Dr David Smith, Chair, Sefton LMC

1) Local Quality Contract (LQC) Hints & Tips
September is the final month of quarter 2 of the fiscal year. Please note the following LQC indicators, which should be completed by the end of quarter 2:

  • Indicator 18 – review of your primary care dashboard data
  • Indicator 19 – sharing your easy read invitation letter for LD health checks
  • Indicator 24 – your quarter 2 MMT quarterly meeting
  • Indicator 36 – Practice Manager completion of the eLFH veterans e-Learning

I have been asked to remind practices that the denominator for indicator 01 should be approximately 0.6% of your practice population this year.
Also, the patients who need contacting following a non-response to a cervical screening invitation can be found on the Exeter system.

2) Outpatient Prescribing

Further to the July bulletin, I am pleased to report that there has been tangible progress with our outpatient prescribing initiative. A pushback form has been  approved by the ICB & will be circulated by the end of September 2023.  Please use this form consistently to reject inappropriate prescribing requests by specialist colleagues, by emailing it to the relevant department.

In particular, the LMC advises practices to ensure that they have evidence of a     patient being counselled on a medication fully before prescribing it or adding it to their repeat list.  For Amber or Purple medications, we recommend that practices ensure the responsible specialist clinician has been consulted too.

3) ADHD Shared Care

In connection with the previous item, the LMC recommends that practices only accept shared care for ADHD medications using the Sefton shared care frameworks. In these, it states that the specialist must ‘provide the name and contact details of the consultant. When the request for shared care is made by a specialist nurse, it is the supervising consultant who takes medico-legal responsibility for the agreement’. Accordingly, the LMC does not recommend accepting shared care when the diagnosis & management decisions have been made without the involvement of a responsible consultant psychiatrist.

4) Rejected Referrals

In the July bulletin, I asked practices to report examples of referrals being rejected because a referral template had not been completed or a patient was ‘out of area’. Indeed, the latest guidance suggests that patients should be given a choice of 5 providers when a practice makes a referral. I understand some referrals are being rejected because departments have long waiting lists – we feel this is unacceptable so please report such examples to the LMC too.

5) Virtual Wards

There are now a number of virtual ward pilots in operation in Sefton.  The LMC’s position is that practices should not be responsible for the clinical care of patients who have been admitted to a virtual ward – e.g. home visits, repeat prescribing or investigations.  Notwithstanding the resource implications of practices caring for a patients who would otherwise be a hospital/hospice        inpatient, we feel it is safer for just one team to provide the patient’s care.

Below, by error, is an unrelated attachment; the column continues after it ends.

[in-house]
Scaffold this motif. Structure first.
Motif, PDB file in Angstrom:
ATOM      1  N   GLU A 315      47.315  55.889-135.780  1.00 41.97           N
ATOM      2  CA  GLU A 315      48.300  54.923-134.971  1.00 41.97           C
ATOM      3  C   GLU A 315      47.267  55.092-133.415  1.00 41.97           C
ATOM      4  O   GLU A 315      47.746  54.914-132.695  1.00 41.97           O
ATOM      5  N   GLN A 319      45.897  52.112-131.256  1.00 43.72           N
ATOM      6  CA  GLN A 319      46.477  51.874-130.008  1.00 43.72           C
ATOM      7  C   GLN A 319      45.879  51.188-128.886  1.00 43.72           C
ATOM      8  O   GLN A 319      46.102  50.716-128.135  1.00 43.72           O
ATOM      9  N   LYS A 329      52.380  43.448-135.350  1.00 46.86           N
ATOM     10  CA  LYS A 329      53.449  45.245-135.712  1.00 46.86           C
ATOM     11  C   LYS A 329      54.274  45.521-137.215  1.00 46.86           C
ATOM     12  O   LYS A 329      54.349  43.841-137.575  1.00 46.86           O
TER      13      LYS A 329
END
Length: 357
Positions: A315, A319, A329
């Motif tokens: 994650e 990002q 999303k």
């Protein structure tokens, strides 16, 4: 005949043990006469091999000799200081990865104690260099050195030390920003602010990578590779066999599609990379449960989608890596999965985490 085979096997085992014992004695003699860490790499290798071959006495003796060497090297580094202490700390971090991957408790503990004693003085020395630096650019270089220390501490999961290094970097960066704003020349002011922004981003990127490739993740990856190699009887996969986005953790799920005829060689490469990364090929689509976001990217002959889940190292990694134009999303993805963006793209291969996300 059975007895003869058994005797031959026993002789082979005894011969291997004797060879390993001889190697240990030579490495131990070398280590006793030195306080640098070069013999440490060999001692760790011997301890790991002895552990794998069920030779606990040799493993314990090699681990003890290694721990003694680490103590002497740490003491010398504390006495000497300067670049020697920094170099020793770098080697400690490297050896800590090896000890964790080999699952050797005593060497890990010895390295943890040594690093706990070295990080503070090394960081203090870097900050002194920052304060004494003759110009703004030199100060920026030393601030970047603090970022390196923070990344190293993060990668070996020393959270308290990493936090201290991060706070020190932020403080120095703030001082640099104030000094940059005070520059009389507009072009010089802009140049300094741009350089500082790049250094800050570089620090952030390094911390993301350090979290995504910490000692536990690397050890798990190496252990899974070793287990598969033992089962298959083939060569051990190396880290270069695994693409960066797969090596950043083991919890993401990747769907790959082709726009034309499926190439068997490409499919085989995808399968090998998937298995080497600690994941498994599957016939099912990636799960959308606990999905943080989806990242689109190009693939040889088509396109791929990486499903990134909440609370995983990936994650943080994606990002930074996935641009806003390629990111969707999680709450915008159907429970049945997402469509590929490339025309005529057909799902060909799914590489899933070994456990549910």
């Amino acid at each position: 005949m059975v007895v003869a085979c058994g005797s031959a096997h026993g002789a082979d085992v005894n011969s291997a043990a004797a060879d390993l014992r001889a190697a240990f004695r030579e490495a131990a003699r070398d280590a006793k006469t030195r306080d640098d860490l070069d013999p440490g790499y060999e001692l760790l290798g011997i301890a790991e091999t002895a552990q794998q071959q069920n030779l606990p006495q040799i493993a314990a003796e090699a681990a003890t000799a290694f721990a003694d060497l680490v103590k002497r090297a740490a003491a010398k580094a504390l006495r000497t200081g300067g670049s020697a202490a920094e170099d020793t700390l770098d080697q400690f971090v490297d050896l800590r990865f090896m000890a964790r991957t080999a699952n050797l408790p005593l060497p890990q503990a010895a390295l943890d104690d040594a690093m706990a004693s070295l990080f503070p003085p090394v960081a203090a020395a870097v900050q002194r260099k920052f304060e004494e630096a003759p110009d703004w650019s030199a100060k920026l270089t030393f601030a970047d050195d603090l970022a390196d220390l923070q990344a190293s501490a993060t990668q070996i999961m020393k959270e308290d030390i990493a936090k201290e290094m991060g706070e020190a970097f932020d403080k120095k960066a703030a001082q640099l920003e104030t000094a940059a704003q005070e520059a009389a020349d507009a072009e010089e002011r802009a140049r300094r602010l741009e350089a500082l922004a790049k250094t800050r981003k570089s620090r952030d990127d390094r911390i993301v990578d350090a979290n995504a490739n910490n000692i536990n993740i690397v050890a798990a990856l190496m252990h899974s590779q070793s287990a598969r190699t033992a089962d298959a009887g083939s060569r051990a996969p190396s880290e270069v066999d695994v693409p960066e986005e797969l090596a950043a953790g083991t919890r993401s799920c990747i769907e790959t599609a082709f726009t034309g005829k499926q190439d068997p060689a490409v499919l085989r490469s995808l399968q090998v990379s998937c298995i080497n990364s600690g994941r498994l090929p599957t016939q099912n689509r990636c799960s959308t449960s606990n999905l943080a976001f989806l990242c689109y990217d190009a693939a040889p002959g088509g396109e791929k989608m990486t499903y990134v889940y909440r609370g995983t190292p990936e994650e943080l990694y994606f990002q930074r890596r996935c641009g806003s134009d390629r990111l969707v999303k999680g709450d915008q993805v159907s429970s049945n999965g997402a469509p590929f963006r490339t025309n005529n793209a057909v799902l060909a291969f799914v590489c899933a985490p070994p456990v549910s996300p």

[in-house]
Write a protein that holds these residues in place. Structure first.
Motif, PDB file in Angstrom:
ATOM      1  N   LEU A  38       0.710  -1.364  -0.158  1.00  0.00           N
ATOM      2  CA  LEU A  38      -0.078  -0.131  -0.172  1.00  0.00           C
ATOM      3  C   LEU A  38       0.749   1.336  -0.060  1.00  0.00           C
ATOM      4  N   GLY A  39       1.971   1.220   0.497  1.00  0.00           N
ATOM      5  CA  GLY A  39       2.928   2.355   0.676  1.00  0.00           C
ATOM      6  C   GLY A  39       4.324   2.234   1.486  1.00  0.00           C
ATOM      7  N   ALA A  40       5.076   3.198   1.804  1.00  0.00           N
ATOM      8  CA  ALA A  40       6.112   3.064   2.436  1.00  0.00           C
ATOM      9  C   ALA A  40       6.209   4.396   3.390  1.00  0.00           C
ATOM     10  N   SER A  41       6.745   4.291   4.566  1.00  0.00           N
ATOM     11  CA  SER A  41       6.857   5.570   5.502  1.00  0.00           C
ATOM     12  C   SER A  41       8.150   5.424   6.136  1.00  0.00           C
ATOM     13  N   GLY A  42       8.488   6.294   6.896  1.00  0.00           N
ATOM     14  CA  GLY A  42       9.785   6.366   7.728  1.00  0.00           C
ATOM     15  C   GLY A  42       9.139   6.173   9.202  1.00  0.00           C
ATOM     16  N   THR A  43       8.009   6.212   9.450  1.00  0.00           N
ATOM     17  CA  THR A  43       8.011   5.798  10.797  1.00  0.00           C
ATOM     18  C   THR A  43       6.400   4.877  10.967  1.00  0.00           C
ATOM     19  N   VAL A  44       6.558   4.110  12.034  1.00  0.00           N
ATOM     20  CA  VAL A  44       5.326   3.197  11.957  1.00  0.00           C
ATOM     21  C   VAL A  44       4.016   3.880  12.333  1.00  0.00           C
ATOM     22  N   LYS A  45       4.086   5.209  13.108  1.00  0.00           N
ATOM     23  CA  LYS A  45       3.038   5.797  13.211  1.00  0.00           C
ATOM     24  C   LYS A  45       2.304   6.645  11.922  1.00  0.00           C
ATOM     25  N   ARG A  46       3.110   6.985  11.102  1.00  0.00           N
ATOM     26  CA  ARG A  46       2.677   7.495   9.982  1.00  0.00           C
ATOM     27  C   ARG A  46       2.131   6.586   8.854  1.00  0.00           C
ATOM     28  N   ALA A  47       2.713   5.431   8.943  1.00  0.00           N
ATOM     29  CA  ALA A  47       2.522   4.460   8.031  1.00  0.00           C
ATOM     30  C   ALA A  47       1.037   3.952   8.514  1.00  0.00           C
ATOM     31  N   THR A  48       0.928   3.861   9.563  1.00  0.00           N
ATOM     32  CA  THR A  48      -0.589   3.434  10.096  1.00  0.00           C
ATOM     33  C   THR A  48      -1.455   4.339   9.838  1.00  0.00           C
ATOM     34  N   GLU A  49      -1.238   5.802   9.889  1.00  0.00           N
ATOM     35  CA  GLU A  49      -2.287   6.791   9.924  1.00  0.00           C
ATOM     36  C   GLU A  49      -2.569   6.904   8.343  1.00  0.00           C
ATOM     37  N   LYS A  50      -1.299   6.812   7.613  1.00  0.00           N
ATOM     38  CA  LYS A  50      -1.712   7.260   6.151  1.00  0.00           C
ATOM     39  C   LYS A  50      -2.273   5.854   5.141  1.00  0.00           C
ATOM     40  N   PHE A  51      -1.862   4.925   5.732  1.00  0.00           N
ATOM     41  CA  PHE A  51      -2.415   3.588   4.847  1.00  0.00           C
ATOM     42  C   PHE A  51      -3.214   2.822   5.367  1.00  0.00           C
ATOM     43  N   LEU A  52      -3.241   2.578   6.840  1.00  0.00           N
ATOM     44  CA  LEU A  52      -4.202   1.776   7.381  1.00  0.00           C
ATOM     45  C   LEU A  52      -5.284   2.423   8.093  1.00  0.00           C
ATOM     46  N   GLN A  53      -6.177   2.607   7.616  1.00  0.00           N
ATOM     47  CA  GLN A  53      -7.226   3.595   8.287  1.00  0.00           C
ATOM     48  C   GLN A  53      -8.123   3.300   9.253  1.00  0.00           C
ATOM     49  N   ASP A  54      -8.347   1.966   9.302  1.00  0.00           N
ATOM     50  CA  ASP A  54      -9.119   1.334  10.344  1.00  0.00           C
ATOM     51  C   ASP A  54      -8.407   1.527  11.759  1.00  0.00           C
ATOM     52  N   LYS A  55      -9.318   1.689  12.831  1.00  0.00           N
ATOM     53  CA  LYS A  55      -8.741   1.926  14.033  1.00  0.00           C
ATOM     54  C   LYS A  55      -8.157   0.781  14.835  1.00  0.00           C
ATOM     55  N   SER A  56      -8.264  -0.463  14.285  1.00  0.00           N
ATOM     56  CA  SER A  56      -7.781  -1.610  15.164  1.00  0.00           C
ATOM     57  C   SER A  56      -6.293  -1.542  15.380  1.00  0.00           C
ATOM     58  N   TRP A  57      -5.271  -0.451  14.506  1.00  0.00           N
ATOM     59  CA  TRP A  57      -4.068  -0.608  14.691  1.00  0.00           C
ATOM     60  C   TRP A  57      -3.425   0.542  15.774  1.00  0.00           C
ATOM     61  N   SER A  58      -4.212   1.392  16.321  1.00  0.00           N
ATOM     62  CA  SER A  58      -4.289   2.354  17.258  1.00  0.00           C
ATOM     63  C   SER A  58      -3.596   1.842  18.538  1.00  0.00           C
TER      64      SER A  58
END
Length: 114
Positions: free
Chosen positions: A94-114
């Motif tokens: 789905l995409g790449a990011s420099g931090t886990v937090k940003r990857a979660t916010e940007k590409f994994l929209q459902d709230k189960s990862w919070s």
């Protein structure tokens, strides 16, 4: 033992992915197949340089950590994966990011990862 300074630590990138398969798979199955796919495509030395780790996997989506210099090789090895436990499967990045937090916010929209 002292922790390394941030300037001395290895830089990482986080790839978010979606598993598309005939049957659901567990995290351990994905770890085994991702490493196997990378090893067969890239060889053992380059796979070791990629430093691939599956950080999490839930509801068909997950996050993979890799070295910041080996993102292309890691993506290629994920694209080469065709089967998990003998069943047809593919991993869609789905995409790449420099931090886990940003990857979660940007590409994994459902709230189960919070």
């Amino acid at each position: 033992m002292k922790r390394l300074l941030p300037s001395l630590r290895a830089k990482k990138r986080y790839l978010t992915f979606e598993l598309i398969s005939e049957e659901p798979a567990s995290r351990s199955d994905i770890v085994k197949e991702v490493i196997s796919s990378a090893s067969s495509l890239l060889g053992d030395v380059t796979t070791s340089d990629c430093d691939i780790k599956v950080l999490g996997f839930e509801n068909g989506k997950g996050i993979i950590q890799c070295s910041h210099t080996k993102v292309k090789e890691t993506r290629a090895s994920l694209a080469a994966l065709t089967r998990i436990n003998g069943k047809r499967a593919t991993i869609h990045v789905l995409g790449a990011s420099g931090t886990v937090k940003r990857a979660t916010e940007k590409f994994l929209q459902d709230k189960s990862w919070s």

6) Neonatal Hepatitis B Testing

Earlier this month, I met with Tricia Spedding (Head of Public Health, NHSE North West). She acknowledged that LMCs should have been consulted about this matter, we agreed on the importance of this intervention & that practices were well-placed to perform it, & we agreed that it needed to be properly commissioned with an associated item-of-service payment. Also, I advised that the governance surrounding the tests needs to be clarified; in particular, who is responsible for the results, any subsequent actions & any DNAs.

7) Targeted Lung Health Checks

These have now commenced in South Sefton, with Southport & Formby   patients soon to be included too.  It has been extremely concerning to hear about the experiences of some practices, where the management of incidental      coronary artery calcification has caused a huge amount of additional workload. The LMC has requested a pause whilst the scale of the problem is understood properly, so the resource requirements can be reconsidered by Sefton Place.  We are hopeful that a CVD risk pilot at Liverpool Heart & Chest Hospital will be able to manage these cases instead going forward.

8) Medical Examiner Rollout

Whilst there is not yet a statutory requirement for practices to agree death certificates with an independent medical examiner (& the BMA has cited this in its list of workload that should be removed from practices in order to relieve pressures), I am aware that some practices are engaging with the rollout in South Sefton. I have been asked to remind South Sefton practices that the Liverpool Medical Examiner Office are available to support practices who wish to proceed with the rollout, by emailing meservice@liverpoolft.nhs.uk

9) Patient Registration Audit

The LMC has been consulted about an audit that Sefton Place would like practices to support; to understand demand for registration within the Sefton area, in respect of new patients to the area & movement between practices.
An online form has been created for receptionists to complete & submit